With Helm, you can install multiple versions of an application side-by-side, and roll back to previous versions if necessary. You can also use Helm to share your applications with others. To get started with Helm, you’ll need to download the Helm client and install it on your computer. Then, you can use the Helm client to search for and install Helm charts from public repositories like GitHub. You can also create your own repository of Helm charts and share it with others.
3. Service Discovery and Load Balancing
Service discovery is an essential part of any distributed system, and Kubernetes is no exception. In a nutshell, service discovery allows individual nodes in a cluster to find and communicate with each other. This process is essential for tasks like leader election and managing inter-node communication.
Kubernetes uses two main mechanisms for service discovery: DNS and environment variables.
DNS is the recommended method for service discovery in Kubernetes, as it provides a robust and accurate way to resolve service names to IP addresses.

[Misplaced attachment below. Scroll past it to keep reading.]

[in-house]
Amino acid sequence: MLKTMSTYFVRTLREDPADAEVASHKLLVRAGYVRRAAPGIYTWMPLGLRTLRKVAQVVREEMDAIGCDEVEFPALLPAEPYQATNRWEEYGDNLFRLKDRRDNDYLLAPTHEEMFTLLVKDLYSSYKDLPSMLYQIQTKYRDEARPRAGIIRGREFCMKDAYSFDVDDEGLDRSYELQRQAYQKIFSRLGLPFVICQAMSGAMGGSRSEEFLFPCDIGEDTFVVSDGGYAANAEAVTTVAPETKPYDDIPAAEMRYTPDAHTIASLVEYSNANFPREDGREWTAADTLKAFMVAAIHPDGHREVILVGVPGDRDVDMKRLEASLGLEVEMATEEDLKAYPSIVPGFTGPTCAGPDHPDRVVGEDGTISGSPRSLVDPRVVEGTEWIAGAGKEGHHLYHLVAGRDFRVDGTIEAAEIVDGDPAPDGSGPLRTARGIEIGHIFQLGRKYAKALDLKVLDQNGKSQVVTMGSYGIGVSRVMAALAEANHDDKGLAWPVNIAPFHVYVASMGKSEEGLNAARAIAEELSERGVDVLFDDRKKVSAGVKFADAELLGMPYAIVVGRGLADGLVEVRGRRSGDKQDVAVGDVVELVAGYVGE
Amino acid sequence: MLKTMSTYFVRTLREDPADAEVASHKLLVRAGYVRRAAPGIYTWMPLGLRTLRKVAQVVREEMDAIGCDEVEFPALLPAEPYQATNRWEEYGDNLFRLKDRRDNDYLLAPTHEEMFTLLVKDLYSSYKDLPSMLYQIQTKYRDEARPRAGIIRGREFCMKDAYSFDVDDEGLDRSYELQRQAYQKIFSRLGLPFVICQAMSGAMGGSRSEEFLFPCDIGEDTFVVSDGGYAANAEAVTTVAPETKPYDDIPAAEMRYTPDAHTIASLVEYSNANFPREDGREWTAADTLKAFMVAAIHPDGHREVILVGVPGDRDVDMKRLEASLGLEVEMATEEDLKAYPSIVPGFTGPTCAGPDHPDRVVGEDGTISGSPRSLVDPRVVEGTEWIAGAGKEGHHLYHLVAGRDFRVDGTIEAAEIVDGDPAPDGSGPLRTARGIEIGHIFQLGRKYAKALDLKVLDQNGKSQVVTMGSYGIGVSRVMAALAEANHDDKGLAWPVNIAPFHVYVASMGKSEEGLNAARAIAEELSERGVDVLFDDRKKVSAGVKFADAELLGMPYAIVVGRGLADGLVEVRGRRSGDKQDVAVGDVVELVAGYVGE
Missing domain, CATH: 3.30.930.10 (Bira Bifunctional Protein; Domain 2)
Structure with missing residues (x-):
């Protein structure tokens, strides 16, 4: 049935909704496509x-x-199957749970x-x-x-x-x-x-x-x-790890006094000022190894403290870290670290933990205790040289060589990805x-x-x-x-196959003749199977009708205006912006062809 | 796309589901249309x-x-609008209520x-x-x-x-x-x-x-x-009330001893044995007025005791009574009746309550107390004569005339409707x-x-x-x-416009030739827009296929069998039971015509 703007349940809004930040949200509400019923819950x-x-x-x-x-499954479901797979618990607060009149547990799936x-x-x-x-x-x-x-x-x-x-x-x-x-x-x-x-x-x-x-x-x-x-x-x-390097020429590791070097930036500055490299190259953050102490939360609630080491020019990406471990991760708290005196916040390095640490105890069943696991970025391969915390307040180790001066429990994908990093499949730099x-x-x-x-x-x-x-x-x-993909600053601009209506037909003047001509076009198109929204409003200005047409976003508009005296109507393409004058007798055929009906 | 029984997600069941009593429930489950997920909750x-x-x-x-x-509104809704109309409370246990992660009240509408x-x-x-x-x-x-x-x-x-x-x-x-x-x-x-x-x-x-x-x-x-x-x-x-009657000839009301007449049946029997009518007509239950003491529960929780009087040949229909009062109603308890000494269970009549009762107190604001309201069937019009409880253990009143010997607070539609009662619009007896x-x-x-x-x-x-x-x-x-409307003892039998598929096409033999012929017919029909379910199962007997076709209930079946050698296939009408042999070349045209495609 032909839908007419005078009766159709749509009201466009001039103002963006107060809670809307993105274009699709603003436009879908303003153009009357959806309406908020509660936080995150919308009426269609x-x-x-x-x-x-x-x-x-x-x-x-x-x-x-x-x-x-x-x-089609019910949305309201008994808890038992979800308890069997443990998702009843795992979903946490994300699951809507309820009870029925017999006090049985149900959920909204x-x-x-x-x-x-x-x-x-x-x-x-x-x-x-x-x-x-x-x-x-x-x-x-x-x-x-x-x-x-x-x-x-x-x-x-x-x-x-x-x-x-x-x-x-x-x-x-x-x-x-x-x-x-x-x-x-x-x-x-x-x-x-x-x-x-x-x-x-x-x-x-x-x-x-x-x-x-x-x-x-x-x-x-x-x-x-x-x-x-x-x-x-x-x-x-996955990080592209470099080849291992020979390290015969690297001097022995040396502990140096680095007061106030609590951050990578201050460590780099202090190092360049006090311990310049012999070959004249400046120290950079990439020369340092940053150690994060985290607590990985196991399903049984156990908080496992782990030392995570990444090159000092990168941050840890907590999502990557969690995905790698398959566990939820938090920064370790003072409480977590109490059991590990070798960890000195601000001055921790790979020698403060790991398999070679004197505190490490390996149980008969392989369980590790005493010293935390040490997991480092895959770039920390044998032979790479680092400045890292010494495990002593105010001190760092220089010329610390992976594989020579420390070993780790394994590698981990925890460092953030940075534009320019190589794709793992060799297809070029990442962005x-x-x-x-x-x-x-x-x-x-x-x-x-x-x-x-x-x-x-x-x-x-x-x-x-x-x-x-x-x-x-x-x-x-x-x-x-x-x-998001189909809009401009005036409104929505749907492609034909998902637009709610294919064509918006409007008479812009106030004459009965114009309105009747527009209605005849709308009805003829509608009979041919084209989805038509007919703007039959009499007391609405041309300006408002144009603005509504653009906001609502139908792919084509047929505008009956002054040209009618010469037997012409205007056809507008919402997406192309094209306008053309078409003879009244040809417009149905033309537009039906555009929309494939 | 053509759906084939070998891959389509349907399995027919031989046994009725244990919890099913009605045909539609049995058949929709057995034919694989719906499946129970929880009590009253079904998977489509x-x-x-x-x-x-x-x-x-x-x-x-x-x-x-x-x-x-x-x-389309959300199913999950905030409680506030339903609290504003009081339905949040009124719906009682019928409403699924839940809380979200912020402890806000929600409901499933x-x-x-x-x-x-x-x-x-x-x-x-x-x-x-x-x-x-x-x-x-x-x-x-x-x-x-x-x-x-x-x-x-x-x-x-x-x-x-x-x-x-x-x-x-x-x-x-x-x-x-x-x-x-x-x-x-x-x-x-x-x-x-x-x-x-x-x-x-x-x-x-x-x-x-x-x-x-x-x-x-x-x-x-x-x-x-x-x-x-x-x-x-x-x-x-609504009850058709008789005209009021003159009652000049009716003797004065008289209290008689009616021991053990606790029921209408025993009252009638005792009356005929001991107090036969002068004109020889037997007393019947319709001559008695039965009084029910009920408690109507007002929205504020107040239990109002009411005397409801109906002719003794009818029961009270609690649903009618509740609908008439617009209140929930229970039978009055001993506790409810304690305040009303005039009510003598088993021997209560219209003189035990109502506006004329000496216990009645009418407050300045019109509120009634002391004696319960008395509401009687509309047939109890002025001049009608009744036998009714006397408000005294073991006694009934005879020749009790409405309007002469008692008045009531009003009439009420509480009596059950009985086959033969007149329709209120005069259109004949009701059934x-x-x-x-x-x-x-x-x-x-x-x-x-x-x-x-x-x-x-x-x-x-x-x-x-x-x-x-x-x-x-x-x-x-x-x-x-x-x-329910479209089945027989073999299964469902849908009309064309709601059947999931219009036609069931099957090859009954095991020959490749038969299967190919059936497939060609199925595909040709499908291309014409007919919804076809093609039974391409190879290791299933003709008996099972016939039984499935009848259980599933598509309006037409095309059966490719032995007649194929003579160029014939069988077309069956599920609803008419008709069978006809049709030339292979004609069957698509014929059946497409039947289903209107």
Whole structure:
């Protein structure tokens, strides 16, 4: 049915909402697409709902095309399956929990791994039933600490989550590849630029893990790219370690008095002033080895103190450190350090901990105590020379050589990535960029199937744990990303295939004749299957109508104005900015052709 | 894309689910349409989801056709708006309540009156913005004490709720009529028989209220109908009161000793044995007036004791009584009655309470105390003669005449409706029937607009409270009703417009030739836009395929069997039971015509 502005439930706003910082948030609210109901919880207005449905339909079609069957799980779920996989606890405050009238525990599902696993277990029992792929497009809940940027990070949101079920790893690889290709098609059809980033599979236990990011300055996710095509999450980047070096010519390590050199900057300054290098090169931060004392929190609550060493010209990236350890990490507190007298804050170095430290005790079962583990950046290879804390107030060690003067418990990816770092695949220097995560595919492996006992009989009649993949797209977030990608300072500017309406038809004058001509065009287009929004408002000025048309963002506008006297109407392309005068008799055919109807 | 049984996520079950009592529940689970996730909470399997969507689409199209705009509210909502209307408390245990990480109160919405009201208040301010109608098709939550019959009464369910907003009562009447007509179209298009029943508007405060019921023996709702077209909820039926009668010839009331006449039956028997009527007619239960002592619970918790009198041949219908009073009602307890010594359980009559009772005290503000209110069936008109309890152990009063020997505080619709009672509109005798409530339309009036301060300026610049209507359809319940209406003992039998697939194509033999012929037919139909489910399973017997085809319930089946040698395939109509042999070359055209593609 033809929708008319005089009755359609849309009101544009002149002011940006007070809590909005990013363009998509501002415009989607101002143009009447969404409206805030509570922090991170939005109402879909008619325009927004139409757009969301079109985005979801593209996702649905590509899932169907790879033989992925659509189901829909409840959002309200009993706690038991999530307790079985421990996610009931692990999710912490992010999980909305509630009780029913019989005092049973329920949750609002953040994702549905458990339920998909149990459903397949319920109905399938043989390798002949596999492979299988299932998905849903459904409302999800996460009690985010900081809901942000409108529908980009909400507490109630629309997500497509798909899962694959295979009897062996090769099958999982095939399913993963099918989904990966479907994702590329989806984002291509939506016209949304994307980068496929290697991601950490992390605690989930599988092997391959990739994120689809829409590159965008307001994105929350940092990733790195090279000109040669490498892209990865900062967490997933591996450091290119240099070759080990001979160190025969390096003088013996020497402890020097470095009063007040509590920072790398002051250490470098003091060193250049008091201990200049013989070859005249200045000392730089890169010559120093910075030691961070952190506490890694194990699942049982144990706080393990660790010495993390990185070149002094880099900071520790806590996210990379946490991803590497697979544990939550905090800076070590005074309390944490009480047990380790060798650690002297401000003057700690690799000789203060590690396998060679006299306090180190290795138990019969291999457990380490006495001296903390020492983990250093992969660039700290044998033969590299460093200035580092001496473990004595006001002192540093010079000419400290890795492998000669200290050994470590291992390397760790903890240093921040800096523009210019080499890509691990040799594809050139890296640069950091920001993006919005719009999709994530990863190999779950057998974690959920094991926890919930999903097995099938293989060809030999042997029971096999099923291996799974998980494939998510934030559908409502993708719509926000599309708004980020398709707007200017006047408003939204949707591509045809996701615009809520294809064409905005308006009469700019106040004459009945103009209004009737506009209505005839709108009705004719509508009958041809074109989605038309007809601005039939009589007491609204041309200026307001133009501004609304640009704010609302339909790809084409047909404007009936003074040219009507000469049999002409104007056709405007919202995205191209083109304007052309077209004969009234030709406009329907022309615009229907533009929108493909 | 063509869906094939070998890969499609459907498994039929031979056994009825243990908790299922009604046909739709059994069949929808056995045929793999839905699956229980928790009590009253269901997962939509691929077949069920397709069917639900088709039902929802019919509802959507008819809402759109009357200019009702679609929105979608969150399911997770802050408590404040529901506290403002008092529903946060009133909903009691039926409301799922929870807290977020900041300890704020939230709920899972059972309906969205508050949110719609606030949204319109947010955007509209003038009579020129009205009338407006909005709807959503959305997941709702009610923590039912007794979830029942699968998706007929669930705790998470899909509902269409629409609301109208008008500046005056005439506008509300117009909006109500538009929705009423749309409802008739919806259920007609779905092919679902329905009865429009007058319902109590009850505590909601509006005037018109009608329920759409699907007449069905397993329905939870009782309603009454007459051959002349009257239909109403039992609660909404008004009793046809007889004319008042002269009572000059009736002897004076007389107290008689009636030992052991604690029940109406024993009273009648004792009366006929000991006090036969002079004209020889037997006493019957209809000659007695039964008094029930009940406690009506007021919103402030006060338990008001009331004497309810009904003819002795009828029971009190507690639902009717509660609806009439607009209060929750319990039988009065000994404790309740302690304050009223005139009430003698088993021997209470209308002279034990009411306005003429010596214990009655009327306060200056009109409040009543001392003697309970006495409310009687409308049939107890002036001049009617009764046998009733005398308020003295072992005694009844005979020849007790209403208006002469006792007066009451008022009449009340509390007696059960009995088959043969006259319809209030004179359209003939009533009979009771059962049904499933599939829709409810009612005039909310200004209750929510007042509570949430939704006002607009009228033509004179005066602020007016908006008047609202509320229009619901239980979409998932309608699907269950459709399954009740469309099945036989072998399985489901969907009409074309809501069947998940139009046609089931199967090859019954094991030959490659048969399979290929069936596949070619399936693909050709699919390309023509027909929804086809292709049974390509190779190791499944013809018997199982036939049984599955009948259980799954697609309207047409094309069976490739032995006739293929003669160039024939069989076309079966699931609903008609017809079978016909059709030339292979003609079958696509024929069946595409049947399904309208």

However, environment variables can also be used in cases where DNS is not available or impractical.
In addition to service discovery, load balancing is also an important consideration in any distributed system. By distributing traffic evenly across all nodes in a cluster, load balancing helps to ensure that no single node is overwhelmed by requests. Kubernetes includes a built-in load balancer that can be used to distribute traffic among nodes in a cluster.
4. Cluster Federation
In computing, a federation is a grouping of distributed systems that fail independently and tolerate partial failure of the overall system. A key advantage of federation is that it allows for a scalable and decentralized management of a large number of components. One area where federation has been gaining popularity is in the management of Kubernetes clusters.